The most recent estimates predicts that almost 45 per cent of Canadians will be diagnosed with cancer during their lives.
Atlantic Canadians have one of the highest risks of dying from cancer in Canada. Every year, around 7,000 Atlantic Canadians die of cancer.
Sadly, around 1,600 of these annual cancer deaths are from Newfoundland and Labrador.
Research is, therefore, critical to address the effects of cancer on this region’s population.
Specifically, research that can deliver more personalized and effective treatments with fewer side-effects, as opposed to a one-size fits-all treatment.
This is called precision medicine.
Diverse and multidisciplinary expertise
With the tremendous financial support by the Terry Fox Research Institute and other funders, researchers and clinicians from three Atlantic Provinces – Newfoundland and Labrador, Nova Scotia and New Brunswick – came together to form the Marathon of Hope Atlantic Cancer Consortium (MoH ACC) in 2021.
This consortium focuses on precision medicine and consists of more than 60 investigators with diverse experience and multidisciplinary expertise.
“The consortium uses the talents and experience of local investigators and was able to recruit new trainees.”
Their expertise includes critical fields such as molecular biology, immunology, genetics, epidemiology, bioinformatics, computational biology, pathology, and medical, radiation, and surgical oncology.
There are extensive partnerships between scientists and clinicians in order to effectively conduct research that will make a difference in patient health outcomes. The consortium uses the talents and experience of local investigators and was able to recruit new trainees to the region.
High incidence of lung and colorectal cancer
The MoH ACC is currently halfway through its two-year pilot phase. This phase aimed to establish the consortium, form the teams and start critical projects, specifically on lung and colorectal cancers that have high incidence in the region.
The five main teams are the biobank teams (N.L., N.S., and N.B.), whose primary interest is to collect and store patient and tumor biospecimen and data for research purposes; the bioinformatics team, whose primary interest is to secure the collected and generated data and provide support for large scale data analysis; the training team, whose primary interest is to provide training opportunities and fellowship for next generation cancer researchers and clinicians; the colorectal cancer teams, whose primary interest is to investigate the molecular, genetic and immunological features of the colorectal tumors and patients, and study the use of liquid biopsies to monitor patients through a simple blood draw; and the lung cancer teams, whose primary interest is to improve delivery and access to treatment regardless of the location of the patient and to study the use of liquid biopsies in these patients.
Almost all of these projects rely on and use the biospecimen and data from cancer patients recruited to the MoH ACC biobanks in Newfoundland and Labrador, Nova Scotia, and New Brunswick.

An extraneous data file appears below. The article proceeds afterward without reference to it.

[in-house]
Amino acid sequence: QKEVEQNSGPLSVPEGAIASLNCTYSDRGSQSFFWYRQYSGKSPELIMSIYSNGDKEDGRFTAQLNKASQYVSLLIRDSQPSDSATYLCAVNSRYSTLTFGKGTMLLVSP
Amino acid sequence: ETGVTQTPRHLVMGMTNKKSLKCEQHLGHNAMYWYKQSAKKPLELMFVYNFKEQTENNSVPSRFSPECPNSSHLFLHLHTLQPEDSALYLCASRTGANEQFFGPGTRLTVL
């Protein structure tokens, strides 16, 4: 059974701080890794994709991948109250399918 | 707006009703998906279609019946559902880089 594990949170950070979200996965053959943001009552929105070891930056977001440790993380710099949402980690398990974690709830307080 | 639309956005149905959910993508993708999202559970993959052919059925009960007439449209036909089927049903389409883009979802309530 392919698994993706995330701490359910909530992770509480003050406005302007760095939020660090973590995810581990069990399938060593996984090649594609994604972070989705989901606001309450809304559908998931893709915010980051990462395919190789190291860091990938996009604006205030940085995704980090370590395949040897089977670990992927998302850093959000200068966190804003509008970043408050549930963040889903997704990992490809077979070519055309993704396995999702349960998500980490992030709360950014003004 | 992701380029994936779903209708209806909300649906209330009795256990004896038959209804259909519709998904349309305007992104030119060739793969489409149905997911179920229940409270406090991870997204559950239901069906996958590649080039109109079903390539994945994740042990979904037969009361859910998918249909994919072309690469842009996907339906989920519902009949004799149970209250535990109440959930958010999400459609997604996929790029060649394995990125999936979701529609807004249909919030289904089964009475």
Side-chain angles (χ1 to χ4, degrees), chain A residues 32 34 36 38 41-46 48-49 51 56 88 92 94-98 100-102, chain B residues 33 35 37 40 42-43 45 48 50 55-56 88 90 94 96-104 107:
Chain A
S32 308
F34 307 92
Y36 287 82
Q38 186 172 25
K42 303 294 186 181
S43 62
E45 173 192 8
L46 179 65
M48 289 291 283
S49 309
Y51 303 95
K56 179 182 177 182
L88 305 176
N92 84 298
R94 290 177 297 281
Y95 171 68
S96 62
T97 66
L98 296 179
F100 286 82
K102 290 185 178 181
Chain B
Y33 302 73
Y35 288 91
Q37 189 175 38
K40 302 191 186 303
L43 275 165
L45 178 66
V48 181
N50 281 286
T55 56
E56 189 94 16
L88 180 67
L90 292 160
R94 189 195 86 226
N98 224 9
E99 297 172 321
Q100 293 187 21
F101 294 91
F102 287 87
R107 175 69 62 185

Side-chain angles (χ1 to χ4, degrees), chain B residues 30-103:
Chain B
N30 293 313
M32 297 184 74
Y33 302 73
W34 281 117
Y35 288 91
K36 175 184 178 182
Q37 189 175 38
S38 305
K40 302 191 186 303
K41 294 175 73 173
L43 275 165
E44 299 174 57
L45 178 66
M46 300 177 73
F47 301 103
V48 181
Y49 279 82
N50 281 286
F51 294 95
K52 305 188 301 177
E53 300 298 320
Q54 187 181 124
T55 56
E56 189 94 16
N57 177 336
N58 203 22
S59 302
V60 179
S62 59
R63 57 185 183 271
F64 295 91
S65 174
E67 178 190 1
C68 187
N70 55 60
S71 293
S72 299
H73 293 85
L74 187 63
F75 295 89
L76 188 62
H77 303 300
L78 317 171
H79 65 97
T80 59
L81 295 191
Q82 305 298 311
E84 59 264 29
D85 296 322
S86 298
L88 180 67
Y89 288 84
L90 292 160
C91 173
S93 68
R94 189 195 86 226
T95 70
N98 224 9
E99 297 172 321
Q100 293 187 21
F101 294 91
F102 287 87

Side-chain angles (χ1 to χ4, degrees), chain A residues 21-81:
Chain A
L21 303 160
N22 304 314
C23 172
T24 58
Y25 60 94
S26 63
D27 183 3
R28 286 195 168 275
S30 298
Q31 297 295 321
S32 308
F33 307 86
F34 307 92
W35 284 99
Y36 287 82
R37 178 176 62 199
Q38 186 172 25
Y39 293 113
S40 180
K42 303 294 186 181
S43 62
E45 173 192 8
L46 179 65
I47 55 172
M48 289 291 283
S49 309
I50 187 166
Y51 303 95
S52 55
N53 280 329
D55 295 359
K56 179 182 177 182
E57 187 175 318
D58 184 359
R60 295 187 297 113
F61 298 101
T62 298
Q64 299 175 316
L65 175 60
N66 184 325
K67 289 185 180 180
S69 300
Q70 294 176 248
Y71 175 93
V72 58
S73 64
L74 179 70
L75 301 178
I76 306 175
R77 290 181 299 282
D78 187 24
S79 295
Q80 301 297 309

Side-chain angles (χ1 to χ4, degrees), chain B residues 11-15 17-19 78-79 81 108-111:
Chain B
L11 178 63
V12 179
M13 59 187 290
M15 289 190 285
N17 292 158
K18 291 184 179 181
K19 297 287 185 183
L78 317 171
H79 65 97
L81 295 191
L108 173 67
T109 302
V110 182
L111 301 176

Despite the hiccups and delays created by the COVID-19 pandemic, the MoH ACC has been successfully building. MoH ACC is also growing.
The next step for the consortium is to join the national Terry Fox Research Institute’s Marathon of Hope Cancer Centres Network as a designated consortium.
A recent call for research projects has already attracted many projects/new teams from Atlantic Canada to more than double the number of cancer types they are studying.
“The MoH ACC aims to contribute … through high-quality cancer research and extensive collaborations.”
This is a significant opportunity to conduct bigger studies and form further collaborations, all with the aim of helping more Canadians affected by cancer.
Atlantic Canadians deserve better cancer treatment options and conditions to deal with cancer’s effects on themselves, their families, and health-care systems.
The MoH ACC aims to contribute to this aim through high-quality cancer research and extensive collaborations among the regional experts and centres.
Inclusion of local expertise in MoH ACC has been critical in understanding the needs of the population and health-care systems, and identifying feasible mechanisms to conduct successful studies that will benefit Atlantic Canadians.
The MoH ACC offers a unique, vibrant, and multidisciplinary scientific environment that trains talented next-generation scientists and medical professionals.
Training local cancer research and medical expertise is important, as it helps build the much needed capacity in Atlantic Canada, so that we can effectively address the many cancer-related issues our population will face in the future.
Over time, the dedication of this consortium and the work of its members will help bring much needed and effective cancer control and treatment options to Atlantic Canadians.
We gratefully acknowledge the funding for the Newfoundland and Labrador portion of the project from the Memorial University and the Newfoundland and Labrador Department of Industry, Energy and Technology. We particularly thank the patients who generously donate their biospecimen to the MoH ACC biobanks and make the research possible.
By Dr. Sevtap Savas, Division of Biomedical Sciences, Faculty of Medicine; Dr. Sheila Drover, Division of Biomedical Sciences, Faculty of Medicine; Dr. Sherri Christian, Department of Biochemistry, Faculty of Science; and Dr. Neetu Singh, project manager, Atlantic Cancer Consortium.